The rise of open access publishing has changed the ways scholars share and use journal articles. You need to be extra vigilant when evaluating what appear initially to be scholarly journals.
Many academic journals you find through Library Search have gone through a peer-review process.
You can apply a peer-review filter to your search in Library Search, to make it easier to access these texts.
You can do the same for Open Access content.
Journals available through Library Search and your Subject Guides have gone through a rigorous vetting process, and should be peer-reviewed legitimate scholarly journals. However, if you are searching Google Scholar or another search engine, and find an open access article you are unsure about you can quickly and easily check their name in the directory of open access journals via doaj.org
The rise of open access publishing has resulted in an increase of “predatory” or “vanity” publishing. Opportunistic publishing houses publish content in exchange of publication fees, paid for by the authors. These predatory publishers don’t provide any of the editorial and publishing services associated with legitimate academic journals, such as peer-review vetting process. As a result, there is a much higher number of unreliable, unvetted publications published and circulated online.
As a recent Times Higher Education article warns:
“In this new phase of predatory publishing, new markets will likely be created to absorb millions of rejected papers that could go on to be accepted by some other publishing venue; barriers to entry may be lowered; strict rules loosened; or no academic screening (in the form of peer review) might occur. Ultimately, the motivations won’t change: the unscrupulous objective of predatory publishing is to extract intellect and fees while authors might engage in questionable research practices in an effort to gain professional clout.”
You can avoid the tricks and traps of predatory publishing if you take a critically evaluative approach to examining your sources of information and research, by following the steps covered in this tutorial.
We are nearing the end of this PG Tips tutorial and we will finish with information about further library support services that are available to you.
The first of which is Skills Hub - an online academic skills portal supporting your studies, which you can get to via this tile on the Library homepage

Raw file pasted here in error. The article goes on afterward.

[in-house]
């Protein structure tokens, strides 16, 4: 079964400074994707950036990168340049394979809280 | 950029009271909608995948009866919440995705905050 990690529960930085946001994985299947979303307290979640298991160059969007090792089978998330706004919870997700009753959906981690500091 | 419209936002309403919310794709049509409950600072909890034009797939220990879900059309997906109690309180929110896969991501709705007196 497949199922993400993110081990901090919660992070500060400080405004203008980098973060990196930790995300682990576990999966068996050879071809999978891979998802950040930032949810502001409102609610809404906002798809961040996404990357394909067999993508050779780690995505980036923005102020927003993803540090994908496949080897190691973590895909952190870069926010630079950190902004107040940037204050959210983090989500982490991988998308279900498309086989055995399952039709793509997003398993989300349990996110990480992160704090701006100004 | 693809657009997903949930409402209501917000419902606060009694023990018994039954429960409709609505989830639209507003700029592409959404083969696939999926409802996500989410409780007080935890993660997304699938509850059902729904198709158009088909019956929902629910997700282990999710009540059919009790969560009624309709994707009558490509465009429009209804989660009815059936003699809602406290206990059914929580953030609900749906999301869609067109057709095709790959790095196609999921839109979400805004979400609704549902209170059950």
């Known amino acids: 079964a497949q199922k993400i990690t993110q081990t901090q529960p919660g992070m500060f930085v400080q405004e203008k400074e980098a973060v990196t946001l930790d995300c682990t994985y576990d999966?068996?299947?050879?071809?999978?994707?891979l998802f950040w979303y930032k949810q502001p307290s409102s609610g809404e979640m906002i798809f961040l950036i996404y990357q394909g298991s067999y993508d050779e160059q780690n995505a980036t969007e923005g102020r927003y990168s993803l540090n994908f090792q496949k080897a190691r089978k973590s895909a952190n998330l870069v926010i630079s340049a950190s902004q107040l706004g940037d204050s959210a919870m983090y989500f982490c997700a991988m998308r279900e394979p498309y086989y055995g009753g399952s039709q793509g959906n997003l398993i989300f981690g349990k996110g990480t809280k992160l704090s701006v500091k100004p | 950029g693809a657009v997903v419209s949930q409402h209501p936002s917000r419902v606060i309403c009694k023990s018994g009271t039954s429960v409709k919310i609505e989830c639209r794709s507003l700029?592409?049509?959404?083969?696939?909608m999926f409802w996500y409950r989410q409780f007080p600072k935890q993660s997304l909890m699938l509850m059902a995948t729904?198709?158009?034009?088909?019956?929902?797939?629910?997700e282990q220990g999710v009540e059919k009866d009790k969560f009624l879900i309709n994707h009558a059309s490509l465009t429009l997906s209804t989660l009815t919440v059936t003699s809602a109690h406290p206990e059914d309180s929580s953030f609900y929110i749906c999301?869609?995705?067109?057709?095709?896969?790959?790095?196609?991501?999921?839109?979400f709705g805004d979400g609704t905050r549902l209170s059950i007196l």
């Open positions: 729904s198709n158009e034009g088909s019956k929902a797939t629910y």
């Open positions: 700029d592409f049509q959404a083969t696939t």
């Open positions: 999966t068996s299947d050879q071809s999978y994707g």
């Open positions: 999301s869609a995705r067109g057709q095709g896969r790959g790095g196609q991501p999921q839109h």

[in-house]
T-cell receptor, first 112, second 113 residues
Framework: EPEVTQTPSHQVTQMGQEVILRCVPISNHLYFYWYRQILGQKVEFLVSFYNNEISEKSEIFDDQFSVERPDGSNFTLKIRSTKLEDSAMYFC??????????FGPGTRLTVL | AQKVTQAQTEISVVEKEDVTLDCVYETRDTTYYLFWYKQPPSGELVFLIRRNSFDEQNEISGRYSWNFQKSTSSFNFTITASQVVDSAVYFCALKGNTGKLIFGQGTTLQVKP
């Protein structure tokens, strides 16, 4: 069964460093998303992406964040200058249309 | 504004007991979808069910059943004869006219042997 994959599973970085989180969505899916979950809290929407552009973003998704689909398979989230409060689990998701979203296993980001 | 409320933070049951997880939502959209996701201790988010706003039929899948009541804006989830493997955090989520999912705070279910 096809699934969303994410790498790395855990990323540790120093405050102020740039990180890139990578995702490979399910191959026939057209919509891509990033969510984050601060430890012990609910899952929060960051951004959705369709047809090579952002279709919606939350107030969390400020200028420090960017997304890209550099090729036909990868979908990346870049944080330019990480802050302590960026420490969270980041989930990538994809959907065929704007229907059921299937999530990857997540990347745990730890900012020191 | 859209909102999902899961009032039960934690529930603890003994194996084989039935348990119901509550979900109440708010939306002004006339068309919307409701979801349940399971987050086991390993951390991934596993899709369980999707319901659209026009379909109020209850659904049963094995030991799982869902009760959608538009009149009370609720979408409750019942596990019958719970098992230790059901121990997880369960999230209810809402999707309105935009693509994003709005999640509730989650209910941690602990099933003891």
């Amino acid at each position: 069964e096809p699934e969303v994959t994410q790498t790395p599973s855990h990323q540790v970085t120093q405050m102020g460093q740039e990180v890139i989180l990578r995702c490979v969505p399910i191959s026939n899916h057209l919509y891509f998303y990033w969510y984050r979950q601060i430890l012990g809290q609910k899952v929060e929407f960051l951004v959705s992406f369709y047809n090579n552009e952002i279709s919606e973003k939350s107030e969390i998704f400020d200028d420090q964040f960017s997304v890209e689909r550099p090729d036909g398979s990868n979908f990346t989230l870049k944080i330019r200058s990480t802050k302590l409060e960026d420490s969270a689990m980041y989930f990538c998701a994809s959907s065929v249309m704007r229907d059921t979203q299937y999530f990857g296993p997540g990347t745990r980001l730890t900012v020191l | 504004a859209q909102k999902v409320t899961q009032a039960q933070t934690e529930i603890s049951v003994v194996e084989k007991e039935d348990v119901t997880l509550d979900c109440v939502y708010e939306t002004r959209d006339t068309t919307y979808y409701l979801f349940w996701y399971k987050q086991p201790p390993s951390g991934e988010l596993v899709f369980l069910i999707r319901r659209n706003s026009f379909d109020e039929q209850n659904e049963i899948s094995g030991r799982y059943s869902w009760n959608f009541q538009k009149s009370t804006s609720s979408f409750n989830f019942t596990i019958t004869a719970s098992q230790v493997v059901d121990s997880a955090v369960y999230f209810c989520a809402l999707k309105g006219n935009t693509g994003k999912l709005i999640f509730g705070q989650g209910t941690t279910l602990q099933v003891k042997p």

Skills Hub is an online academic skills portal supporting your studies. You’ll find support and guidance on writing, researching, referencing, skills workshops, and how to book 1-2-1 support, which you can do via the Workshops and Tutorials page
You can book a 1-2-1 session with the Library, for help and training with your research skills. These can be requested by clicking on Workshops and Tutorials, and the Research Support 1-2-1 link, which you will find on the left hand side menu. To request, simply submit the request form. While the Library building remains closed as part of the national measures to prevent the spread of Covid-19, we are offering 1-2-1 support in online format, either via a Zoom call, or via email.
If you have any other queries, you can contact the Library either by email, or chat live with a member of staff during the weekdays, with our live chat option – look out for the yellow button on our webpages.
Thank you for watching this tutorial. Your feedback is very much appreciated – please take a moment to fill in our short feedback form – the link is on the next slide
For this activity we will work through the CRAAP test on the book or article that you are currently reading. These questions are not always straightforward to answer and will require you to critically engage with and reflect upon the piece that you have chosen to evaluate.
Find the publication date of this resource. To your knowledge, have there been any major developments in this field since it was published or has a more recent edition been written?
Tip: you can use the "cited by" filters inScopus or Web of Science to find subsequent research that has referenced this item. If it is a book, you can also use Library Search to look for more recent editions.
Spend a few minutes reflecting on how appropriate this item is to include in a postgraduate assignment. Is it an academic journal article or a Wikipedia entry? Is it an introductory textbook or a detailed monograph? Would you expect to see an item like this on your reading list?
Find a piece of information about the author from another source (not the book description or website bio). Can you find the organisation at which the author works? Using Library Search, can you also find more research from this author on similar or related topics?
Tip: you can use the Google site search to look at university webpages in the UK where the name of the author appears. Simply type their name into Google followed by site:.ac.uk
Identify the first citation in the piece of work that you are reading (if there are no citations this may be a warning sign). From the corresponding reference, find the piece of research that the author has cited. Ask yourself, does it come from a legitimate source (using the CRAAP test) and has it been reflected accurately in what you are reading i.e. check that the author is not ignoring important context.
We have looked at the author but now we will consider the publisher to better understand why this may have been written or published in this particular place. Identify the ‘publisher’ of the item you are reading; is it an academic press, a website, a predatory journal? See if you can find more information about this publisher; do they have a website or can you find other materials they have published? Do they appear to have any biases or agendas?
Full details coming soon!